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‘NSA Leaker’ Snowden On The Run

NSA  leaker faces big charges. He’s out of Hong Kong and on the run. We follow the trail and go deep on the issues and legal case around Edward Snowden.

A TV screen shows a news report of Edward Snowden, a former CIA employee who leaked top-secret documents about sweeping U.S. surveillance programs, at a shopping mall in Hong Kong Sunday, June 23, 2013. The former National Security Agency contractor wanted by the United States for revealing two highly classified surveillance programs has been allowed to leave for a "third country" because a U.S. extradition request did not fully comply with Hong Kong law, the territory's government said Sunday. (Vincent Yu/AP)

A TV screen shows a news report of Edward Snowden, a former CIA employee who leaked top-secret documents about sweeping U.S. surveillance programs, at a shopping mall in Hong Kong Sunday, June 23, 2013. The former National Security Agency contractor wanted by the United States for revealing two highly classified surveillance programs has been allowed to leave for a “third country” because a U.S. extradition request did not fully comply with Hong Kong law, the territory’s government said Sunday. (Vincent Yu/AP)

Big-time NSA leaker Edward Snowden, on the run today, trailing a long list of warnings to Americans and the world about what the US government is watching, reading, tracking, surveilling. And the US Justice Department is hot on his tail, with charges of espionage.

He’s gone Hong Kong, Moscow… and then it’s Where’s Waldo? The speculation was Cuba, Caracas, Ecuador, Iceland, with giant issues swirling. We’ve got the man who defended the New York Times in the Pentagon Papers case with us.

This hour On Point: The flight and case of Edward Snowden.

— Tom Ashbrook

Guests

Mark Mazzetti, Pulitzer prize-winning reporter and national security correspondent for The New York Times. He’s the author of “The Way Of The Knife: The CIA, A Secret Army, And A War At The Ends Of The Earth” — read an excerpt. (@MarkMazzettiNYT)

James Goodale, First Amendment lawyer and former chief legal counsel for The New York Times in all four of its cases that have reached the U.S. Supreme Court. In 1971, he argued for the paper’s right to publish the Pentagon Papers. He’s the author of “Fighting For The Press: The Inside Story Of The Pentagon Papers And Other Battles” — read an excerpt.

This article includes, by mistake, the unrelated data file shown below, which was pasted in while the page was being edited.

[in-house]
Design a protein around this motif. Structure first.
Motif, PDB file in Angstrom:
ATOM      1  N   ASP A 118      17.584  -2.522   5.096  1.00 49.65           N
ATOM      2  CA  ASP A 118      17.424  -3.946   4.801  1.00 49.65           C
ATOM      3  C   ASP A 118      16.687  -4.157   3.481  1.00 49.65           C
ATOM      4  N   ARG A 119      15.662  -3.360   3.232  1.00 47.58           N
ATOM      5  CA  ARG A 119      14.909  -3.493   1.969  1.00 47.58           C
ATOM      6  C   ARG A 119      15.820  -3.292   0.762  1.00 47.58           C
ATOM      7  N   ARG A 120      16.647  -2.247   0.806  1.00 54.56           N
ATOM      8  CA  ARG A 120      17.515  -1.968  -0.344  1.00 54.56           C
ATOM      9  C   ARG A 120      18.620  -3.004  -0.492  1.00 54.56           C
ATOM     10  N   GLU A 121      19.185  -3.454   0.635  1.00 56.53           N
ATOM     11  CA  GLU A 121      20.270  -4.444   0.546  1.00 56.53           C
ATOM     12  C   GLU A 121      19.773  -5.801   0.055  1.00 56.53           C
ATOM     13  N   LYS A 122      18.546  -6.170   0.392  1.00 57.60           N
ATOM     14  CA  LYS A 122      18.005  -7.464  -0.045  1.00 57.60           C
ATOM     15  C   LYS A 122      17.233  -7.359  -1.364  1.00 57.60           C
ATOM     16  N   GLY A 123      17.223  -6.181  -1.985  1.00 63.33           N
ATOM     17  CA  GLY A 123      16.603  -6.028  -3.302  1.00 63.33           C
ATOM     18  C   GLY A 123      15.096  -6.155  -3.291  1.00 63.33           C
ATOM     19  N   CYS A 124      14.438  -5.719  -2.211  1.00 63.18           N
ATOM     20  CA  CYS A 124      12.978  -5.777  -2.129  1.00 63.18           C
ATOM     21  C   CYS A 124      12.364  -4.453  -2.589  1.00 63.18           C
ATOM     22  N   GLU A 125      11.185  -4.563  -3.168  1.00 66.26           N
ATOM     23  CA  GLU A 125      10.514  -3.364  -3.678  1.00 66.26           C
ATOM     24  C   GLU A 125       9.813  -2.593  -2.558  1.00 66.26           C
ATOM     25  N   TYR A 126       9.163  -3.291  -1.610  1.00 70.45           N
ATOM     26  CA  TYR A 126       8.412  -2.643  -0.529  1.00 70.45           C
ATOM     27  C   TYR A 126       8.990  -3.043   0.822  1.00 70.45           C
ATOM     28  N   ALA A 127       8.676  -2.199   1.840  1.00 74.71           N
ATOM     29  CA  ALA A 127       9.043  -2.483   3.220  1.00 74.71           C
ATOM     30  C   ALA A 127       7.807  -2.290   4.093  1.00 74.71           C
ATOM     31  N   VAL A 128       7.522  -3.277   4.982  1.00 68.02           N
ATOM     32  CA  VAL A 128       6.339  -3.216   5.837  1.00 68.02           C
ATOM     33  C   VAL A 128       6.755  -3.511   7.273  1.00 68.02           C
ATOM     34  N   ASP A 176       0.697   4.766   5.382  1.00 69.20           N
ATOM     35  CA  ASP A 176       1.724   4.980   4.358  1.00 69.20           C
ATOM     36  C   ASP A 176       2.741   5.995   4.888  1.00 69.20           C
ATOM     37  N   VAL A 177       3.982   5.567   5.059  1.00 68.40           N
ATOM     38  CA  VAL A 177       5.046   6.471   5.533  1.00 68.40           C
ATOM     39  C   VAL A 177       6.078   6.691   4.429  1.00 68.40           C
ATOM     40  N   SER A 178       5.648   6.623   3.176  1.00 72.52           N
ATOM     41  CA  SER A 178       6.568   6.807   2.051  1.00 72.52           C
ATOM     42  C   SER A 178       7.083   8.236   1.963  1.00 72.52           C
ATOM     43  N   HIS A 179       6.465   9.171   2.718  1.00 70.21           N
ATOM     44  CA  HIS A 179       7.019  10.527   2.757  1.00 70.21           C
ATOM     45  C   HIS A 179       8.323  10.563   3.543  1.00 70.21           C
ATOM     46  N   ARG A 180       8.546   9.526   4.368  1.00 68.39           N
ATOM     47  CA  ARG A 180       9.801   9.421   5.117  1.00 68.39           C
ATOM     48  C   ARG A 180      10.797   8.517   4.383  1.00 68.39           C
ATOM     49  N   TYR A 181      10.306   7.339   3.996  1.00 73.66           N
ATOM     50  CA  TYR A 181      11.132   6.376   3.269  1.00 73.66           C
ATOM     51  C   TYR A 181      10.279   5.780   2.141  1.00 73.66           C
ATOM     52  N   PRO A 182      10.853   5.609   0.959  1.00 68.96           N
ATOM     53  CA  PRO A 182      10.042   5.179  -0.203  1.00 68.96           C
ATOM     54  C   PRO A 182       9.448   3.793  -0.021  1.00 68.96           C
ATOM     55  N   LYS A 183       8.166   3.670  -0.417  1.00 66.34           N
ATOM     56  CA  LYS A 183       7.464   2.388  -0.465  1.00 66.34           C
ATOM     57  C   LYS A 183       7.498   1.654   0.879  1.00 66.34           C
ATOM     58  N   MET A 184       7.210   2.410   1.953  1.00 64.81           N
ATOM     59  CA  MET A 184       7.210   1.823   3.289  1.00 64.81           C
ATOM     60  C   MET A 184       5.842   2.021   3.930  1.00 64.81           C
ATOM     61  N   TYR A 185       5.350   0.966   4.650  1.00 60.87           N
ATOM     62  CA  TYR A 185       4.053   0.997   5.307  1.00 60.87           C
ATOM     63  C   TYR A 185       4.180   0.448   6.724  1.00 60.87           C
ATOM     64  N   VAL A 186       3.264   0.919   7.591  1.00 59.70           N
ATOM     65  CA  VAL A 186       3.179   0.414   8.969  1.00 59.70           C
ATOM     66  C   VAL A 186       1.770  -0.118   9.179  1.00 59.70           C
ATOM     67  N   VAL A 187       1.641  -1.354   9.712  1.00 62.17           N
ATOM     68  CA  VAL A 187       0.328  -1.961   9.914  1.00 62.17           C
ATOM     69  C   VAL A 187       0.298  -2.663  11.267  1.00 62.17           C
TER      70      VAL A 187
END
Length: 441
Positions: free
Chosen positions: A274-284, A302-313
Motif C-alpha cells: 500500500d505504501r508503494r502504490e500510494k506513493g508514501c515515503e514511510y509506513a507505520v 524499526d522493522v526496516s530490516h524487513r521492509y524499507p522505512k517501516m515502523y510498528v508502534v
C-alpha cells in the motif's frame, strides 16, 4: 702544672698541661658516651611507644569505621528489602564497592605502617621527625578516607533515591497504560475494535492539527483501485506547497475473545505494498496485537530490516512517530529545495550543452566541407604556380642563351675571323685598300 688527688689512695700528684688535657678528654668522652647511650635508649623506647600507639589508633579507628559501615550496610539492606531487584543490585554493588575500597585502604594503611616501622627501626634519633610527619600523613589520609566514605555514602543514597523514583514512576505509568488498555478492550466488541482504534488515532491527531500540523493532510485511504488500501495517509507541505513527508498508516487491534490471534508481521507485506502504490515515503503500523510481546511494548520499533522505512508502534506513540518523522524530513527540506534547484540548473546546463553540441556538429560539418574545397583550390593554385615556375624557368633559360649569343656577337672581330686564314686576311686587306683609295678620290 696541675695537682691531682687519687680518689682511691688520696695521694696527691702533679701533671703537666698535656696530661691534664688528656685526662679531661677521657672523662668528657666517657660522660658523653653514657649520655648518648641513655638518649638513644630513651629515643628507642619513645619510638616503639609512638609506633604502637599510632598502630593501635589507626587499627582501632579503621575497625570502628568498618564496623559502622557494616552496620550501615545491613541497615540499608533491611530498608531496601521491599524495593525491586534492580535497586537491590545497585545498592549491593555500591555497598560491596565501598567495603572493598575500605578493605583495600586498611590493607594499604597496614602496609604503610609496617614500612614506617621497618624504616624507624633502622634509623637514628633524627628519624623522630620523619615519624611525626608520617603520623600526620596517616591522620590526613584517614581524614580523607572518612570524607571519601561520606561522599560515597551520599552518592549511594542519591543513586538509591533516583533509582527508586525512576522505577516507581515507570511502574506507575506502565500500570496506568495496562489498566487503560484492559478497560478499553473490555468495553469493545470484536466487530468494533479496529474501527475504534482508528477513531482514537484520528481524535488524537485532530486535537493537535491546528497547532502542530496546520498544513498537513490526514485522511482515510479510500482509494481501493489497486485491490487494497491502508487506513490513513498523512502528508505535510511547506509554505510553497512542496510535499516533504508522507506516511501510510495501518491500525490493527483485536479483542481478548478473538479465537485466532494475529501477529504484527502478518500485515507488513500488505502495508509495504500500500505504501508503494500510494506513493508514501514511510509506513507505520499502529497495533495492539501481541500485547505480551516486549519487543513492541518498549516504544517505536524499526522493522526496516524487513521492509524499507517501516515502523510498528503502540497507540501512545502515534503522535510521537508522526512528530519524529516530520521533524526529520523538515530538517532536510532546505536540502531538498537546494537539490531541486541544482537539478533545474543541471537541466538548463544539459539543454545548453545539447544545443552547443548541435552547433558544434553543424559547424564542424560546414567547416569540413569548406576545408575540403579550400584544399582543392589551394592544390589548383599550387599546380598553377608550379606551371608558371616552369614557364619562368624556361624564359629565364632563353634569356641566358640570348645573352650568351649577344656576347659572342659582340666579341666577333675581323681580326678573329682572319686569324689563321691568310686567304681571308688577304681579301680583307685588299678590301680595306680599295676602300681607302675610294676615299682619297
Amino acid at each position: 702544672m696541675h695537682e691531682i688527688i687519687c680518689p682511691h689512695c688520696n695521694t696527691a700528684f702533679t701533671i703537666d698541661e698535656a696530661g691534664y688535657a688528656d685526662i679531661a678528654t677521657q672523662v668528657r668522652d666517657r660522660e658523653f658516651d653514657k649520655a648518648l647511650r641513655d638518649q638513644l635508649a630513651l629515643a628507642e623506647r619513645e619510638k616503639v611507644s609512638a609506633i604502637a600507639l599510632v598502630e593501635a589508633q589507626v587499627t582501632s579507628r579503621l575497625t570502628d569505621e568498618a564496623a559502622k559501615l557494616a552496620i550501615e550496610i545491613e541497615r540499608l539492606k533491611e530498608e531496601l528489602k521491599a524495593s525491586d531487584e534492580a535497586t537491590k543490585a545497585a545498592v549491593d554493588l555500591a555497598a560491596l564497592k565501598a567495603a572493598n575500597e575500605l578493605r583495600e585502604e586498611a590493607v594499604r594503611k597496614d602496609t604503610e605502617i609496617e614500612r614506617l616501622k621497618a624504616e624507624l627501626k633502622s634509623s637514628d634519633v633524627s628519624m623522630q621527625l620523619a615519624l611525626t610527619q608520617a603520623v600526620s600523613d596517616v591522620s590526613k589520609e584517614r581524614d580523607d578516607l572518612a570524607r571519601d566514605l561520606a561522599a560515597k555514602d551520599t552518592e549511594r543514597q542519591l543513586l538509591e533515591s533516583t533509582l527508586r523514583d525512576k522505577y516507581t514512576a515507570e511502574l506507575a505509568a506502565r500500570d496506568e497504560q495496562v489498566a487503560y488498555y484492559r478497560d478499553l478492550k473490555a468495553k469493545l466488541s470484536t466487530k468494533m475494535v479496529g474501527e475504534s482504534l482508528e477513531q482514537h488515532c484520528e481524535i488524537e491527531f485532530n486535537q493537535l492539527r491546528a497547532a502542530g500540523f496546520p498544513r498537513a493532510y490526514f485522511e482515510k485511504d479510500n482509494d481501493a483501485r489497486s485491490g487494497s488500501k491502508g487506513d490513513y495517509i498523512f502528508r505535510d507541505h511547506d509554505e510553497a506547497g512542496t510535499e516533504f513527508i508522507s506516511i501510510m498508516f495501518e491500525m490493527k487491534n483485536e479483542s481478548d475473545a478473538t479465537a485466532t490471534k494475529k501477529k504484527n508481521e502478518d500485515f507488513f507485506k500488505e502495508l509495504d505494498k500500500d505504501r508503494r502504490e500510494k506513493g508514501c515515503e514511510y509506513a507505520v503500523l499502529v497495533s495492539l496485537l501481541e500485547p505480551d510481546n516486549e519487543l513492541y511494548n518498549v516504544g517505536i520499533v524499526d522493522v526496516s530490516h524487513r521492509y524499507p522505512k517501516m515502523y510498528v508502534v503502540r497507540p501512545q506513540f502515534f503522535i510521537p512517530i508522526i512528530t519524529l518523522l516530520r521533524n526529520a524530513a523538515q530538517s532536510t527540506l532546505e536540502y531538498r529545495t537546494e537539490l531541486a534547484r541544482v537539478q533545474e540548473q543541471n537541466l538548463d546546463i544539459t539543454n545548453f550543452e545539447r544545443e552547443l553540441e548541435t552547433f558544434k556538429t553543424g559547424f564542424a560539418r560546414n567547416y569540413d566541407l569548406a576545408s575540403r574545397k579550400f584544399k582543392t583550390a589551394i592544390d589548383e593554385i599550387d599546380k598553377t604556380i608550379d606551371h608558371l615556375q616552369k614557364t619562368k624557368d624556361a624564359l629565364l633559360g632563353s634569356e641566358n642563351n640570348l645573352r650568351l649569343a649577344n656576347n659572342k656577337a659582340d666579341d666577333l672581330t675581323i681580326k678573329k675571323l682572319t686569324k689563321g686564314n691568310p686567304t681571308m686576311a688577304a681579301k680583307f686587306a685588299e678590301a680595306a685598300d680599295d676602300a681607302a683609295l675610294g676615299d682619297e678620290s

William Banks, director of the Institute for National Security and Counterterrorism and professor of law and international affairs at the Maxwell School of Citizenship and Public Affairs at Syracuse University.

From Tom’s Reading List

The Washington Post: Snowden Flees Hong Kong — “Edward Snowden, the former government contractor who leaked top-secret documents about U.S. surveillance programs, fled Hong Kong for Moscow on Sunday with the assistance of the anti-secrecy organization WikiLeaks, landing at Sheremetyevo International Airport aboard an Aeroflot flight, according to Russian media reports and a WikiLeaks spokesman.”

The National Journal: The Edward Snowden Drama Has Reached Peak Action Movie — “If the Edward Snowden saga is a Michael Bay movie that we are all just living in, on Sunday morning it would have passed over the believability abyss. That’s when Snowden, the NSA leaker turned America’s Most Wanted poster-boy, took a plane out of Hong Kong, en route to Russia, where he landed around 9:15 a.m. EST. Snowden is reportedly headed from there to Havana, Cuba on Monday. Originally, it looked like he was going from there to Caracas, Venezuela. Now, it appears he’s off to Ecuador.”

The Weekly Standard: Rand Paul Defends: ‘Mr. Snowden Told the Truth in the Name of Privacy’ — “‘They’re going to contrast the behavior of James Clapper, our national intelligence director, with Edward Snowden,’ said Paul. ‘Mr. Clapper lied in Congress in defiance of the law in the name of security. Mr. Snowden told the truth in the name of privacy.'”

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